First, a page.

“Significant savings in inventory and purchasing exist by allowing recognition of this supply stream,” reckons Pacha.

But this is no mean aim. “Not all returns are the same and retailers have to deal with the complexity of aftermarket services; the process needs to be customised based on factors such as the product, its condition and even its demand,” adds Gotthard Haug, chief executive of Teleplan, a high tech aftermarket service provider.

He points out that aftermarket services can quickly become quite complex when you consider the activities involved such as classification of product, screening and testing, grading, managing the returns to the OEMs to even selling on to secondary markets.

But retail is a massive term, and there are different areas developing in different ways. Richard Slater of Fowler Welch believes that for the FMCG sector that means convenience retailing, particularly convenience multiples – for example, Tesco Express, Sainsbury’s Local and Morrison’s M Local.

In the 12 months to April 2013, convenience sales grew by 4.9 per cent year on year to £35.6bn, at the same time convenience multiples alone saw an increase of 9.6 per cent in store numbers, according to IMRG, he says. “So there is still a race for space, except the space everyone wants is the smaller convenience store format.

“Convenience is having a significant influence as it is all about margin per square foot of shelf space. It is absolutely vital to have the right 2,000 or so products in-store, at the right time to meet local demands,” says Slater.

This of course means more deliveries, and in particular smaller deliveries more often. Which puts road transport in the spotlight. During the 2012 London Olympics, night time deliveries were trialled in London as part of the Quiet Deliveries Demonstration Scheme which was dubbed by London Mayor Boris Johnson “a stonking success”.

But the DfT has revealed that no further trials of out of hours deliveries are planned outside London.

“It is a strange scenario which has been created by the DfT considering the success that regional trials had ahead of London 2012, which were proven to reduce congestion, cut carbon emissions and improve fuel efficiency, without generating any residents’ complaints,” says Mike Danby, chief executive of Advanced Supply Chain.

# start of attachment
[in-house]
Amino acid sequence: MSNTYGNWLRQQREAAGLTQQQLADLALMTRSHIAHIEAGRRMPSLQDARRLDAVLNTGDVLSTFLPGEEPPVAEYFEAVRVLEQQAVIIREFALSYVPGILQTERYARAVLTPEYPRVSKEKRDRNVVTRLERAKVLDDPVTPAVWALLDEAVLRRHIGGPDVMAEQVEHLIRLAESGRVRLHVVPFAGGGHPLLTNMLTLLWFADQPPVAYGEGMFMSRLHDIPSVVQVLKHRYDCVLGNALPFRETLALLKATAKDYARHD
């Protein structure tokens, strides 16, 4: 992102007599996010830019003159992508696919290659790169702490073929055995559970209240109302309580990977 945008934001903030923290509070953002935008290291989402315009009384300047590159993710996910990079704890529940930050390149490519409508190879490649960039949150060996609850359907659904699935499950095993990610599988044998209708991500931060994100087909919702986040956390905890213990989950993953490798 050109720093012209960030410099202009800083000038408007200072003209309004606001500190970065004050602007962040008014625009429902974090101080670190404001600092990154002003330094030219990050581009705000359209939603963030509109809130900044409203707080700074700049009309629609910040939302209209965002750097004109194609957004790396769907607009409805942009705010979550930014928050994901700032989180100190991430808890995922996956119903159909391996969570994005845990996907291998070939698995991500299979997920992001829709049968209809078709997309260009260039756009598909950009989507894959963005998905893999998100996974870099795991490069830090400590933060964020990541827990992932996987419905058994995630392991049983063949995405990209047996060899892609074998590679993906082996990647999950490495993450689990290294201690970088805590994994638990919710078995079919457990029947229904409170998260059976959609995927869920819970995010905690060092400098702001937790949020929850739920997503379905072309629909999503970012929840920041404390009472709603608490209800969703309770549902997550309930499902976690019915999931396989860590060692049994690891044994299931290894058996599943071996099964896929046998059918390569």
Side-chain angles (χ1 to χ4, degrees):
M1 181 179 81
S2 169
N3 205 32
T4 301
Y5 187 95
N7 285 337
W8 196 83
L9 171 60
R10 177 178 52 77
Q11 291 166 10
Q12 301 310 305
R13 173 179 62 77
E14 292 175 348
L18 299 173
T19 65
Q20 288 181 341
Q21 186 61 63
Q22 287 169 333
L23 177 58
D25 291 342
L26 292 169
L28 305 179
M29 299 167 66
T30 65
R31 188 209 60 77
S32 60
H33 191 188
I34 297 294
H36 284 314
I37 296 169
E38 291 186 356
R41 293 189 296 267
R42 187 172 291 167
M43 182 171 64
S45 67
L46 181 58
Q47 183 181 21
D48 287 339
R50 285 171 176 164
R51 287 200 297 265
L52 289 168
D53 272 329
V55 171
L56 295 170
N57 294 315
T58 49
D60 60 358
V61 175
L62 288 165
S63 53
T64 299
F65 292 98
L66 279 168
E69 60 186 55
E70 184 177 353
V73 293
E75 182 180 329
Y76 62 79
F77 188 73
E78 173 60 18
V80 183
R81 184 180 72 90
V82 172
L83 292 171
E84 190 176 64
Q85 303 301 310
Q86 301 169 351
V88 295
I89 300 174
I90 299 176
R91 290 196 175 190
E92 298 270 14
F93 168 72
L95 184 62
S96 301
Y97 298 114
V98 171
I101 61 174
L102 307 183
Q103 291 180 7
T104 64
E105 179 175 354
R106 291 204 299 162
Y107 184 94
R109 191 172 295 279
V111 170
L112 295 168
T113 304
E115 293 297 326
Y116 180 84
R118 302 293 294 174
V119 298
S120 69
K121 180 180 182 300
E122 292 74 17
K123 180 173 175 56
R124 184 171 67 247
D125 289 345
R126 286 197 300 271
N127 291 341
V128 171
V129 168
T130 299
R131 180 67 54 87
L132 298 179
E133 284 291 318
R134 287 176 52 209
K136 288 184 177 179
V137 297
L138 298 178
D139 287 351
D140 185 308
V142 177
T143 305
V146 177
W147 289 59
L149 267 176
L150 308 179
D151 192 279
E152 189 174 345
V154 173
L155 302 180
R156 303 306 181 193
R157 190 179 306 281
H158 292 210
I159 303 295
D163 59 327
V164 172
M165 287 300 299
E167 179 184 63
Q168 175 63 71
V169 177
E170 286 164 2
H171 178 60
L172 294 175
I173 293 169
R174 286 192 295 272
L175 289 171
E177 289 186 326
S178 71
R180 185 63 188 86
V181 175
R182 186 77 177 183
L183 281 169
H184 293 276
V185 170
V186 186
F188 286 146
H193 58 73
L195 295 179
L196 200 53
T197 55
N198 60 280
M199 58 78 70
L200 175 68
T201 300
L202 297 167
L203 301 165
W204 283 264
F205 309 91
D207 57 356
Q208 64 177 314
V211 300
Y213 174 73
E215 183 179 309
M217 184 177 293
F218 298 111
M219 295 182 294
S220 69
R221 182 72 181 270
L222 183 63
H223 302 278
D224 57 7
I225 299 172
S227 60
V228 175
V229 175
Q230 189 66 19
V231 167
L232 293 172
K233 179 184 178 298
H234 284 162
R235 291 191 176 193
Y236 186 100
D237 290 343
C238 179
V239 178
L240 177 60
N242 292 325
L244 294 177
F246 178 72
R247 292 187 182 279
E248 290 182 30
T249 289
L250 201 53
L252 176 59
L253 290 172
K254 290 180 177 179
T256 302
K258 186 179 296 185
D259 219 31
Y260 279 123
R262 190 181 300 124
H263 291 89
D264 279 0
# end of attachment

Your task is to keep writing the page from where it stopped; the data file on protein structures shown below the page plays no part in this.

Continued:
“It’s surprising that the best practice for these provincial schemes isn’t being developed in locations with lower ambient noise levels, as they are better suited for rolling out nationwide due to potential residential concerns being raised.”

However it’s handled, the rise of convenience formats is real, and it will unavoidably have an impact to the remaining channels, Fowler Welch’s Slater maintains. “Convenience is only one part of the larger retailers’ portfolios so the impact of convenience on their overall logistics practices depends on their total requirements.”

“With regards to larger store formats I believe competition between retailers will start to revolve around in-store theatre,” says Slater.

Destination stores

“As more share of spend goes online and to convenience, retailers will need to make their stores more of a destination. This may take the form of in-store cookery or beauty demonstrations or an improved food offer. Tesco’s purchase of the Giraffe restaurant chain may be an indication of things to come.”

The touted death of the high street has given flight to the idea of shops being a rarity in the future. “It may be more of a kiosk-like retail store with no real inventory, where a consumer interacts with a system (and a product specialist) to build their product and have it shipped directly to their home or business. 3D visualisation may play a key role in this kiosk-type environment where a customer may be able to touch and feel certain aspects, but also see virtually once settling on all options,” says Pacha.

But, he concedes this may be a long way off. “Personally, in certain industries there will always be a place for brick and mortar retail. Some individuals, like me, will always want to touch and feel certain types of products.”

And Allison is staunch in his opposition to the idea, for Dixons at least. When asked if the future or stores are as showrooms for the core business happening online, he is adamant “No.”

“A lot of our customers want to ‘hug a fridge’ – touch and feel expensive products, and get advice,” but he says this is integral to the purchase process, which now usually involves several types of interaction.

He says that even if the main purchase is made in store, people will often do some degree of research online, and perhaps opt to buy online while in store, to take up delivery services. “We have a lot of footfall, and a lot of growth from stores. 82 per cent of all our customers have been in store and online.”

The fact is that retail in all its shapes and flavours is changing. Huge swathes of land are being developed into warehouses whose use is yet to be defined. No-one can afford to stand back and watch, but the winning formulas are yet to be defined. As McClean says “We can all laugh at the Amazon “drone delivery” idea, but who knows?”